Citigroup plans a collaboration with an Indian bank to aid women entrepreneurs
Citigroup Inc. intends to announce a collaboration with an Indian bank aimed at financing female entrepreneurs running small businesses in India. This initiative is part of Citigroup's broader efforts in providing funding to enterprises, including automotive manufacturers, parts suppliers, and businesses across Asia, Central America, and other regions. Jane Fraser, the Chief Executive Officer, mentioned during the Asia-Pacific Economic Cooperation conference in San Francisco that they plan to offer capital to over 300,000 rural female entrepreneurs in India. This financial support aims to facilitate the growth of their small businesses and enhance their involvement in global trade. Fraser did not disclose the name of the specific Indian bank involved in the partnership.
Fraser highlighted Citigroup's global presence across 160 countries and emphasized their reliance on trade and supply chains. She acknowledged recent geopolitical and macroeconomic disruptions that have made sourcing and moving manufactured goods more challenging. Fraser mentioned that Citigroup, headquartered in New York, recently provided financial support for an auto parts plant in Guanajuato, Mexico, for a Korean company. Additionally, the bank is collaborating with electric vehicle manufacturers to establish factories and retail outlets in Thailand. She stressed Citigroup's advocacy for continued global collaboration and open markets, emphasizing that genuine resilience stems from robust and diverse supply chains. Fraser emphasized that the decoupling of major economies is neither feasible nor wise.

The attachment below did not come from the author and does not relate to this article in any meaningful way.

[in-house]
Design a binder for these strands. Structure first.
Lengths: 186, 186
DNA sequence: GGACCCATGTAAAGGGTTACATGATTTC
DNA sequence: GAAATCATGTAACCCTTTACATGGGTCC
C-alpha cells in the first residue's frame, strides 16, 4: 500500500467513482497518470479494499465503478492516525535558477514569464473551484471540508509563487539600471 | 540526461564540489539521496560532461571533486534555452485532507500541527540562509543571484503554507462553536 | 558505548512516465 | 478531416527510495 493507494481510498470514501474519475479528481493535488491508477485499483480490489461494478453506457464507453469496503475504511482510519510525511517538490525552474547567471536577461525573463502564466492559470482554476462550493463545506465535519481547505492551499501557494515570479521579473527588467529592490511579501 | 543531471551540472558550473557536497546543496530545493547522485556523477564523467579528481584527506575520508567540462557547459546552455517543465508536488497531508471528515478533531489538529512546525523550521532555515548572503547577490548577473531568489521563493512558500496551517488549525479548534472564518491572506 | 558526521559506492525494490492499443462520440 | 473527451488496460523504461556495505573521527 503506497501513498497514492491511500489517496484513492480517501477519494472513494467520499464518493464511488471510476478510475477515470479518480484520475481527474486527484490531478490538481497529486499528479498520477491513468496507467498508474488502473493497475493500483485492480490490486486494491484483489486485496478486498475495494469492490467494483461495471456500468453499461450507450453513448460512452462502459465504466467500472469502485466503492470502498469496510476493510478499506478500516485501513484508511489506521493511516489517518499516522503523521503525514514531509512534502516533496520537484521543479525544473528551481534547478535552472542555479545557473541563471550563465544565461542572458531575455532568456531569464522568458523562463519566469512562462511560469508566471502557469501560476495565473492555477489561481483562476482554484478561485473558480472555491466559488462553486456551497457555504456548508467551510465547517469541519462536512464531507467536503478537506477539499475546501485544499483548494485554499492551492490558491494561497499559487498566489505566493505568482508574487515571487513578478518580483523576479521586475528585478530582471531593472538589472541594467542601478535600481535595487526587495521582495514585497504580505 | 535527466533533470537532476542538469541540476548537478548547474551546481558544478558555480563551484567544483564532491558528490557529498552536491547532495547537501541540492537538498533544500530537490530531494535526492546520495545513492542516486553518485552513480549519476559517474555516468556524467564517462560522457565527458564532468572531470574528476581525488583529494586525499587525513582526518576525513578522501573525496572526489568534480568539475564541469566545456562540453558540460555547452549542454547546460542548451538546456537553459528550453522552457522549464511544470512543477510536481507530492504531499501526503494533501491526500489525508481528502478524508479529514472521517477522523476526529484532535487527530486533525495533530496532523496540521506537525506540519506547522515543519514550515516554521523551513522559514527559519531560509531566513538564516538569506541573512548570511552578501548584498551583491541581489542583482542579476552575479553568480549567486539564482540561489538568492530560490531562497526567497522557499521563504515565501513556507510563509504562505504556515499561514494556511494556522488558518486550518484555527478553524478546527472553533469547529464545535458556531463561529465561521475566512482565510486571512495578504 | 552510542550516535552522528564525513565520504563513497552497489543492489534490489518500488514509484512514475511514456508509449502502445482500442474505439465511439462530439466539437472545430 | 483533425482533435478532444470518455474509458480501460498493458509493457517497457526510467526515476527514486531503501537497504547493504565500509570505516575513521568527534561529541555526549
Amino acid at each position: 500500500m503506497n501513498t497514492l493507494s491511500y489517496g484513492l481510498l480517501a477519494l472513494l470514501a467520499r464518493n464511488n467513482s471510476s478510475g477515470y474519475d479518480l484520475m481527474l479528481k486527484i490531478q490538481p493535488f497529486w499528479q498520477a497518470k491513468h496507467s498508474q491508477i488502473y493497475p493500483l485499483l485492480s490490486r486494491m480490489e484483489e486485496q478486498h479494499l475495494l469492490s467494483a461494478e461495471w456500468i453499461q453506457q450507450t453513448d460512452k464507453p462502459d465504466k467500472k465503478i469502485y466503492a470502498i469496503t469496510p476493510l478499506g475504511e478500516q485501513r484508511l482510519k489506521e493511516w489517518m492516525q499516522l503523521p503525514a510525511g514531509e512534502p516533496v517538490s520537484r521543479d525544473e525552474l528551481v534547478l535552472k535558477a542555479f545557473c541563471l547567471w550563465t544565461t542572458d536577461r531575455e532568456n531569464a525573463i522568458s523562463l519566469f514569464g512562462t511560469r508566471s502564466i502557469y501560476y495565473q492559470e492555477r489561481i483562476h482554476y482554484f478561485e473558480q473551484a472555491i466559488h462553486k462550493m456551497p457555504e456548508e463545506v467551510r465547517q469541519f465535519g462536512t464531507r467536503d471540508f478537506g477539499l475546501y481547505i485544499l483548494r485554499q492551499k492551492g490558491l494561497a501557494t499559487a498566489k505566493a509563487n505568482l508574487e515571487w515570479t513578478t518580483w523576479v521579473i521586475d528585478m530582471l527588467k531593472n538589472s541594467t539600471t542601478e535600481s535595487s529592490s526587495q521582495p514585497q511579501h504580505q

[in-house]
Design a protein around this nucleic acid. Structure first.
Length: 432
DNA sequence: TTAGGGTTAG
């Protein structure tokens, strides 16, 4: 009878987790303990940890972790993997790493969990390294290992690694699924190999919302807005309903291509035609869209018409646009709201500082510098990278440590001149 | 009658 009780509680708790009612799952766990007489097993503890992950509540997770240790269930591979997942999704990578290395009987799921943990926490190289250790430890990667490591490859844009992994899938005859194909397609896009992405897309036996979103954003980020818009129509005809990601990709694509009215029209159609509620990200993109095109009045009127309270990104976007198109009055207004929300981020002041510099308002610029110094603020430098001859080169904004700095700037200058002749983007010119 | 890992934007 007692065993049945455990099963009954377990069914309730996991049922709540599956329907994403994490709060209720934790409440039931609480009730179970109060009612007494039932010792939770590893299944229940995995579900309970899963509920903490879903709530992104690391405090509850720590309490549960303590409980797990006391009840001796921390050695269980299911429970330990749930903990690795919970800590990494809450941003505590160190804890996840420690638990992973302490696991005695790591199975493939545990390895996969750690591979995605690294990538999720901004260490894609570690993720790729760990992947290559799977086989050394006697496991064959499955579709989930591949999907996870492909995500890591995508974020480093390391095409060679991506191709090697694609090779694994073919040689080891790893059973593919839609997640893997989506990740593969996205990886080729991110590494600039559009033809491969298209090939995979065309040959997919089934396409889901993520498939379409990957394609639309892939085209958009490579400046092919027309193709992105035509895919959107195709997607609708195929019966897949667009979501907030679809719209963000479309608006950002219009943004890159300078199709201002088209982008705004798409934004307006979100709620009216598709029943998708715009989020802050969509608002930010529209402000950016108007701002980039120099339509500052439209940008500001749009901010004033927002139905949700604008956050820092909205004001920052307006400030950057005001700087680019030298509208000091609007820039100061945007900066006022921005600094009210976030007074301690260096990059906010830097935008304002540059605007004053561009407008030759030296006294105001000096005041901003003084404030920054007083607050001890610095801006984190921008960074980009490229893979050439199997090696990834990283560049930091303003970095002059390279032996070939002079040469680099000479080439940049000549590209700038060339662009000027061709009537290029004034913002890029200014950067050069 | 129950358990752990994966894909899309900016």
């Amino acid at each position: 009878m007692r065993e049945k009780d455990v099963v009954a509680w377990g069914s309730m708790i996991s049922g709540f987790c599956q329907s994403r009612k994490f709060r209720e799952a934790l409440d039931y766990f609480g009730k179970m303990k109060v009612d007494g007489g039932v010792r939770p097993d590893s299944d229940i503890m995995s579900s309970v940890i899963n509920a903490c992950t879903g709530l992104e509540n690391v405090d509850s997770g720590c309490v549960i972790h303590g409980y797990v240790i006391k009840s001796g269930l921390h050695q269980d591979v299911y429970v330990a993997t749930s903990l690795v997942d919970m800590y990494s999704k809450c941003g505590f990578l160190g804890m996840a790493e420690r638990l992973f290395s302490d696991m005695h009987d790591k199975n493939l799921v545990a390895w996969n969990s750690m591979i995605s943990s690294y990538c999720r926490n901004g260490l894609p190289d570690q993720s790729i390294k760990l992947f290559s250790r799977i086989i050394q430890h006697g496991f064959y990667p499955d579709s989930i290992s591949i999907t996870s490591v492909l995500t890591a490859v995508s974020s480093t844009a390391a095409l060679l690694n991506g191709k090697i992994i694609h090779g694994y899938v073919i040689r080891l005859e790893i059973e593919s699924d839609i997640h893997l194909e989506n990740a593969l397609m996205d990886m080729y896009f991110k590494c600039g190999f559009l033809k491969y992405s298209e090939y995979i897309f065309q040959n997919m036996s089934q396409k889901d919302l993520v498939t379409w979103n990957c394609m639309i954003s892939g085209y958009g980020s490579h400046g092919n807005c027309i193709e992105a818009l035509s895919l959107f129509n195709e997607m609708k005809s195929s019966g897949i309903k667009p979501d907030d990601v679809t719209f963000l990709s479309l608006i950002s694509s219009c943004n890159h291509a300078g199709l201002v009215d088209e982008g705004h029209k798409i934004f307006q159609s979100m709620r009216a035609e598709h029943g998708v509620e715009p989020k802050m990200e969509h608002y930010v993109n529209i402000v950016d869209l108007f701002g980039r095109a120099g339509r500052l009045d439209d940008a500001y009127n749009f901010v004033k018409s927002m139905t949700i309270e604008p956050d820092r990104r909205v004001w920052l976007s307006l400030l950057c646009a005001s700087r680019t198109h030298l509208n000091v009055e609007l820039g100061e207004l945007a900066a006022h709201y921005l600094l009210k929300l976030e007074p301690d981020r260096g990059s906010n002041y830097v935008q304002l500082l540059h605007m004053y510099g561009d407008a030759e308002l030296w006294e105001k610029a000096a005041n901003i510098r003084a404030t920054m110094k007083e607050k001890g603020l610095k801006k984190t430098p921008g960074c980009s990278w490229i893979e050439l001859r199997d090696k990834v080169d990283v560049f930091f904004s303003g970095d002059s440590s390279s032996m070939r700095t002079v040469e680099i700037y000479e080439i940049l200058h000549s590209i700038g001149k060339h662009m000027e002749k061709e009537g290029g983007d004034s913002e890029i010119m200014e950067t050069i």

This year's APEC conference garnered global attention, especially with Presidents Joe Biden and Xi Jinping holding their first meeting in a year, aiming to alleviate tensions between the US and China that have posed threats to global economic growth. Subsequently, Xi Jinping had dinner with notable US business leaders, including Tim Cook, CEO of Apple Inc., and Larry Fink from BlackRock Inc. A month ago, Fraser initiated Citigroup's most significant restructuring in twenty years, aiming to streamline the firm and enhance returns. As part of this effort, the bank plans to reduce its organizational layers from 13 to eight. Fraser has emphasized the elimination of co-head positions to ensure clear individual accountability across the organization.